Two Studies Find Drinking More Coffee May Extend Lifespan

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Java drinkers, rejoice! Much evidence has come to light revealing the health benefits associated with regular consumption of coffee. Drinking more coffee could give you a longer life, claim two new studies published Monday.

Multiple studies have assessed the impact of regular Java consumption on public health, with conflicting results. Now the current studies have once again triggered the centuries-old debate on the effects of this brewed drink.

Researchers in the first study, led by the International Agency for Research on Cancer (IARC) and Imperial College London, learned that drinking three cups of coffee a day may help people live longer.

The second study, by researchers at the Keck School of Medicine of University of Southern California, found an association between regular intake of 1-3 cups of this bitter beverage and longevity.

The first study investigators combed through medical records of more than 520,000 people over the age of 35 from in 10 European countries. They inquired the study subjects about their intake of hot brewed beverage in the beginning of the study and then tracked them for an average of 16 years to look for death cases among them. They found, drinking more coffee significantly lowered a person’s risk of death, specifically for cardiovascular diseases and diseases of the gut.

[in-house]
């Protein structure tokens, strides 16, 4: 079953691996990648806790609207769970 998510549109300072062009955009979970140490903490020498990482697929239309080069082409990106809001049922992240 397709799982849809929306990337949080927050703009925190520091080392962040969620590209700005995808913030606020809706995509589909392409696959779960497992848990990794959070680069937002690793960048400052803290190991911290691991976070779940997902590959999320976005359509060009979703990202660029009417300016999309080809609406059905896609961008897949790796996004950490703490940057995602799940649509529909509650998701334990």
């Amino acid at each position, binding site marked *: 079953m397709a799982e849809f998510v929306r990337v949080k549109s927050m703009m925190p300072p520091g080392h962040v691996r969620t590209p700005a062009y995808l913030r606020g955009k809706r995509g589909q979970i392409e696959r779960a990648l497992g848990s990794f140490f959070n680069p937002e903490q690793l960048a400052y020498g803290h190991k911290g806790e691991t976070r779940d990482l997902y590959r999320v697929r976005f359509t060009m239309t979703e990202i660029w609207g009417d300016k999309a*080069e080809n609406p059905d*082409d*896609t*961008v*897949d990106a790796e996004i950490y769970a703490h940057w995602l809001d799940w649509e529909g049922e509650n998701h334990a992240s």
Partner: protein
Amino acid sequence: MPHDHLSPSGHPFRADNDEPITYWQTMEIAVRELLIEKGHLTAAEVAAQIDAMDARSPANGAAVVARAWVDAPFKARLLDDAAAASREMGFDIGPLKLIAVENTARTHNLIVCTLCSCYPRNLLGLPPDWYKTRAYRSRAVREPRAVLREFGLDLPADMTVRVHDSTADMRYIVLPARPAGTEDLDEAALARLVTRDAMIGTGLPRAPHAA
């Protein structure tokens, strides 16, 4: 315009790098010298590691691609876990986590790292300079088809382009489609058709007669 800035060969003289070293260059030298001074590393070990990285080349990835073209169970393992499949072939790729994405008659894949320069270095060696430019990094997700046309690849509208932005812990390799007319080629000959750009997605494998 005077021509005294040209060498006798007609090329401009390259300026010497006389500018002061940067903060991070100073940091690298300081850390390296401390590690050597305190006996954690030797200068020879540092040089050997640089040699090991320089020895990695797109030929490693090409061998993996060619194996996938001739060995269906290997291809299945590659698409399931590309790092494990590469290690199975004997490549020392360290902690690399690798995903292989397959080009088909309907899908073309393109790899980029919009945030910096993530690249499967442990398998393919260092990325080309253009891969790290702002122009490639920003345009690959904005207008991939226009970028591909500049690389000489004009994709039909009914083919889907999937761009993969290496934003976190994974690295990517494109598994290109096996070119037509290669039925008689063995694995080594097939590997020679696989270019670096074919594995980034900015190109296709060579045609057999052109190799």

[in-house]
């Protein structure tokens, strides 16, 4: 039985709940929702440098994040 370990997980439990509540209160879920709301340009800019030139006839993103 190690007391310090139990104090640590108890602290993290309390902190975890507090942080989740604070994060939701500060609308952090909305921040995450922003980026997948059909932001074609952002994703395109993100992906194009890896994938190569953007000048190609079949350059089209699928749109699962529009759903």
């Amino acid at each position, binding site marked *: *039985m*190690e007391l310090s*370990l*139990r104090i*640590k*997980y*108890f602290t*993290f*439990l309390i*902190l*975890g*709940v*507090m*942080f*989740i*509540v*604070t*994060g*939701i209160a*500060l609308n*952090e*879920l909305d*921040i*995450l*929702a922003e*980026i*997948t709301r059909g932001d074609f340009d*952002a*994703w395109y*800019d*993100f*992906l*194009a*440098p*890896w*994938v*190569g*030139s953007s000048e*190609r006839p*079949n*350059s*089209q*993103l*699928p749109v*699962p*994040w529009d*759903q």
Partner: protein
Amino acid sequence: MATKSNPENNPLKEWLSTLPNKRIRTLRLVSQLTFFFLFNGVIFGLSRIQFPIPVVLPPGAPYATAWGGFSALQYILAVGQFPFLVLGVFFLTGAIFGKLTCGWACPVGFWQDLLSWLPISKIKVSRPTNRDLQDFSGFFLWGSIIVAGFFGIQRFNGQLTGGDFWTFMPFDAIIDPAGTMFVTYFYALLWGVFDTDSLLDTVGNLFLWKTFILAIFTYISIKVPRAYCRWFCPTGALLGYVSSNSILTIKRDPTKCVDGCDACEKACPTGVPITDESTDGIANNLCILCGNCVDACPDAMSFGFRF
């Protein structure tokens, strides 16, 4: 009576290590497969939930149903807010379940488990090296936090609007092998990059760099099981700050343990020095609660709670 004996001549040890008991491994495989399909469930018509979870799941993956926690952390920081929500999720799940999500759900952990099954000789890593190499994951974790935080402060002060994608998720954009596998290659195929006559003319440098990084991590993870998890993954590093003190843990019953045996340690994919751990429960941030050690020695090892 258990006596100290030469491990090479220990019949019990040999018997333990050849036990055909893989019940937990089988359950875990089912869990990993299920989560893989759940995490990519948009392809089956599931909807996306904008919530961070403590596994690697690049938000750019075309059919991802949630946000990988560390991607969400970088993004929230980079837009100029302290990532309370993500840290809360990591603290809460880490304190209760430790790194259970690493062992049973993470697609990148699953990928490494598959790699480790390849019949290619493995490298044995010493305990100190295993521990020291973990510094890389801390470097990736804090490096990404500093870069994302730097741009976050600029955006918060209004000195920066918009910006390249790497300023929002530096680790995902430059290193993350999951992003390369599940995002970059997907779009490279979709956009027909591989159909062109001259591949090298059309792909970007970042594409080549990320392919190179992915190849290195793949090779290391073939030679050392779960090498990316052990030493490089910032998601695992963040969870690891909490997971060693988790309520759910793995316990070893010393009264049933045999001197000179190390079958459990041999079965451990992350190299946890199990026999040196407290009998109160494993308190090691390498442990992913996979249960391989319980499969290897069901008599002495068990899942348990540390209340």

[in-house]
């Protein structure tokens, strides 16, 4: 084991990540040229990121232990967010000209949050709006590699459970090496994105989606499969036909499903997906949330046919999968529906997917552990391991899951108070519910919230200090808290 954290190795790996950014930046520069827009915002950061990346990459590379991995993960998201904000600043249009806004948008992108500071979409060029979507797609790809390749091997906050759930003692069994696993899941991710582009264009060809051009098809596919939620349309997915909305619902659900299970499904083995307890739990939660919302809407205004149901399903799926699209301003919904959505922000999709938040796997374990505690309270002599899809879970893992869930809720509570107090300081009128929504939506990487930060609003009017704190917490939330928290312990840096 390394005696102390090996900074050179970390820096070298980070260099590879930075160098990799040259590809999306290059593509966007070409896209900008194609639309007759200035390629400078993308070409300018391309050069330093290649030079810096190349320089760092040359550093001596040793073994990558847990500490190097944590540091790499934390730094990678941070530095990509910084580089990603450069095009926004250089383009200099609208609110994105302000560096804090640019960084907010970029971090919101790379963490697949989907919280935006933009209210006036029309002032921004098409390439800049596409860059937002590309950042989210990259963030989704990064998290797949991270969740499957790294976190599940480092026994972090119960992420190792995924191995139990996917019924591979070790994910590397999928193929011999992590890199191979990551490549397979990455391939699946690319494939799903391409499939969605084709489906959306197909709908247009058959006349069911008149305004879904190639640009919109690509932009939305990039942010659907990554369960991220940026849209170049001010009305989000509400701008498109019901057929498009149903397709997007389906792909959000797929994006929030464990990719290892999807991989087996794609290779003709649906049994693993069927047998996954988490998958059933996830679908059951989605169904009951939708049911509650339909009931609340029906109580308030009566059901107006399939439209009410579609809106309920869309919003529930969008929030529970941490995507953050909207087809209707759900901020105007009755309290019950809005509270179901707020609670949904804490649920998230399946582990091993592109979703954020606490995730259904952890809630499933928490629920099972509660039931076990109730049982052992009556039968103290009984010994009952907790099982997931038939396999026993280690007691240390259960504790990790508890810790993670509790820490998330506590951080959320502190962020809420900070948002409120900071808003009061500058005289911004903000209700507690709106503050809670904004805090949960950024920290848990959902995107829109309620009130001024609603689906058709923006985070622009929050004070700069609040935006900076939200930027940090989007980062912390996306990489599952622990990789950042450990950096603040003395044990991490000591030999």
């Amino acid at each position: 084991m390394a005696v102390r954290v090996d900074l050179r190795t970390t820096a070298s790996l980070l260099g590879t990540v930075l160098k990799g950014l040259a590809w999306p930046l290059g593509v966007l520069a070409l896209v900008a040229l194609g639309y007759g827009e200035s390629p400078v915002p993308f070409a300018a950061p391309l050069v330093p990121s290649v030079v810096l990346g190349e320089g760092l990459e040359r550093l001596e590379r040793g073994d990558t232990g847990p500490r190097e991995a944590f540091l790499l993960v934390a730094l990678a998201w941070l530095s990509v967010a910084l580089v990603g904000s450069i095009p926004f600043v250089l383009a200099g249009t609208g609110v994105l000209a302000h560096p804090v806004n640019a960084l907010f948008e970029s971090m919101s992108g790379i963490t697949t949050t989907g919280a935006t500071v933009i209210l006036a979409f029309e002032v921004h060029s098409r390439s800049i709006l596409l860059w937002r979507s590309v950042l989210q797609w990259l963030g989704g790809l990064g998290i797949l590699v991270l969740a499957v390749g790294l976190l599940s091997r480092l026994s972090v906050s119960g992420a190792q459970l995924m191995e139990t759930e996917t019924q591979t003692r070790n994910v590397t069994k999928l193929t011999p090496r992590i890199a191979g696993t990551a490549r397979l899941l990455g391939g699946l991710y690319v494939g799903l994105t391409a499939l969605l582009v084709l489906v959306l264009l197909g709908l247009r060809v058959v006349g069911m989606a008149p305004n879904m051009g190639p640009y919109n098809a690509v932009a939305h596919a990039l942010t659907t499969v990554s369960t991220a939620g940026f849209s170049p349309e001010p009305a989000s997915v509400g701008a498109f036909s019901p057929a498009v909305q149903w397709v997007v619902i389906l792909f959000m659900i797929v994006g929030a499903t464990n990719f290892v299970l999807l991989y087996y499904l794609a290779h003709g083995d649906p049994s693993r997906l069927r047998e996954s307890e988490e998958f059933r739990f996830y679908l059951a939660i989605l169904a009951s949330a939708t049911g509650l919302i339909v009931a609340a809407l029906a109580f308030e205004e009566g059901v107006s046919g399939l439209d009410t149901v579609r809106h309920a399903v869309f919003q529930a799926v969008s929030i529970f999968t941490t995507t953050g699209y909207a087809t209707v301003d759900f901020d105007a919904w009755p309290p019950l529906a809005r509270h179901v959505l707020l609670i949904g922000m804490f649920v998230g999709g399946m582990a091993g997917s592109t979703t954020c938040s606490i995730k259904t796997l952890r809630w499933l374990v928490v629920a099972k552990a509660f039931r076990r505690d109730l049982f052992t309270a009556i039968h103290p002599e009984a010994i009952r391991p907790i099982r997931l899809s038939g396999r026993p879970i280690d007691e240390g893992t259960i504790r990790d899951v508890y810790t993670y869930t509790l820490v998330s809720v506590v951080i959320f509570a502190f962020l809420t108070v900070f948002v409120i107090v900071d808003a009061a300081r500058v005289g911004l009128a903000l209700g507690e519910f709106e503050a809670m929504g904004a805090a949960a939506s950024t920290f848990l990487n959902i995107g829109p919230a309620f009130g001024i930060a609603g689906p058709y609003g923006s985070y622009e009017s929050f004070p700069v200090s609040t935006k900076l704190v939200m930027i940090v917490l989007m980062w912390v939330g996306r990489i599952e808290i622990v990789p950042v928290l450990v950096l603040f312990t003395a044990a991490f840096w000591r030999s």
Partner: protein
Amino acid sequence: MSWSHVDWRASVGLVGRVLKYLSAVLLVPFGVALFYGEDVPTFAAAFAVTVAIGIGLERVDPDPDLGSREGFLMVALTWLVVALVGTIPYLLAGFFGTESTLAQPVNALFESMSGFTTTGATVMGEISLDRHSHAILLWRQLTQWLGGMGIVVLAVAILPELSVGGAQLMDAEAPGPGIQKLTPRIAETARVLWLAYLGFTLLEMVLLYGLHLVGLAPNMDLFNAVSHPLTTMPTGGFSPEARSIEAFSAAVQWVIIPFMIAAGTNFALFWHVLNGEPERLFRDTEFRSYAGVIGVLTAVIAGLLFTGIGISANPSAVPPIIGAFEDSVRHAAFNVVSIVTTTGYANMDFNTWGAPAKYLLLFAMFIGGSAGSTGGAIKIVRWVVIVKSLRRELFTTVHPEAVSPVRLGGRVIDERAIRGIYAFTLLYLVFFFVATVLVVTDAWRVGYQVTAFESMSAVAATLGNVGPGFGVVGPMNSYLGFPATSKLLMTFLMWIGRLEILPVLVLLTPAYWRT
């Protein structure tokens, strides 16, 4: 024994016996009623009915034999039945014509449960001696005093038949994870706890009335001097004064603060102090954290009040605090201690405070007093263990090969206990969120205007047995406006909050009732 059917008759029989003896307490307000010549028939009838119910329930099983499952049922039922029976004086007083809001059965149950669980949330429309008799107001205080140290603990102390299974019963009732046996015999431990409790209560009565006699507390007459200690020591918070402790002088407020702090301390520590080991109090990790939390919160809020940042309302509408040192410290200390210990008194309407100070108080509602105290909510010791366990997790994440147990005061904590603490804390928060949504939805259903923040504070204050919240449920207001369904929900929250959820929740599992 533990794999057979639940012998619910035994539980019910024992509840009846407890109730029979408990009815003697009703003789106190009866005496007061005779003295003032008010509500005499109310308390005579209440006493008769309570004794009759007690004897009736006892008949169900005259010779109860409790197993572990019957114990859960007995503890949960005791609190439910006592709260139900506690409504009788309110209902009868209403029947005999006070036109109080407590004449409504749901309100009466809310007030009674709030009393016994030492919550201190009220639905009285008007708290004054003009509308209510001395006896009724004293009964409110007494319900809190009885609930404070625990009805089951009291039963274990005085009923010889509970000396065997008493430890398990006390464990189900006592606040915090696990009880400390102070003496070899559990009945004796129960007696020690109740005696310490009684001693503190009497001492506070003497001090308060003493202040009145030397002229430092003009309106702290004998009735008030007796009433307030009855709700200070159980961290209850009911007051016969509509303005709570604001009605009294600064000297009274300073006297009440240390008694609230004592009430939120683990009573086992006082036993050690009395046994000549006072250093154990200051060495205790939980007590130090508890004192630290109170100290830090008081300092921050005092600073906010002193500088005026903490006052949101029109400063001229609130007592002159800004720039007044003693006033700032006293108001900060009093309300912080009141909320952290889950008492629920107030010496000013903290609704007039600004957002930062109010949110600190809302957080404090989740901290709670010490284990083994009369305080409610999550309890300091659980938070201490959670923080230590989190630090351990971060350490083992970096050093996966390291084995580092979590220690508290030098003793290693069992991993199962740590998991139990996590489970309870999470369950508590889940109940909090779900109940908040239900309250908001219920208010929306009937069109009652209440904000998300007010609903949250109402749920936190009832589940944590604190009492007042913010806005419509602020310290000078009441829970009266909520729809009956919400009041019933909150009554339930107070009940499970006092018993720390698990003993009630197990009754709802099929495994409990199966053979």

“We found that higher coffee consumption was associated with a lower risk of death from any cause, and specifically for circulatory diseases, and digestive diseases,” said lead author Marc Gunter of the IARC, formerly at Imperial’s School of Public Health.

“Importantly, these results were similar across all of the 10 European countries, with variable coffee drinking habits and customs.”

The second study focused on non-white populations, surveying more than 185,000 African-Americans, Native Americans, Hawaiians, Japanese-Americans, Latinos and whites.

It found that coffee- caffeinated or decaffeinated- increased longevity across participants of different ethnic backgrounds in the country. Java drinkers were at a reduced risk of mortality due to heart disease, cancer, stroke, diabetes, and respiratory and kidney disease, the researchers found.

The study subjects who drank one cup a day were 12 percent less prone to die compared to those who didn’t drink at all, while those who consumed two or three cups per day saw a further drop of 18 percent in the risk of death.

“We cannot say drinking coffee will prolong your life, but we see an association,” said lead author Veronica Setiawan, an associate professor of preventive medicine at the USC’s Keck School of Medicine.

“If you like to drink coffee, drink up! If you’re not a coffee drinker, then you need to consider if you should start.”

Both studies were published in the Annals of Internal Medicine.

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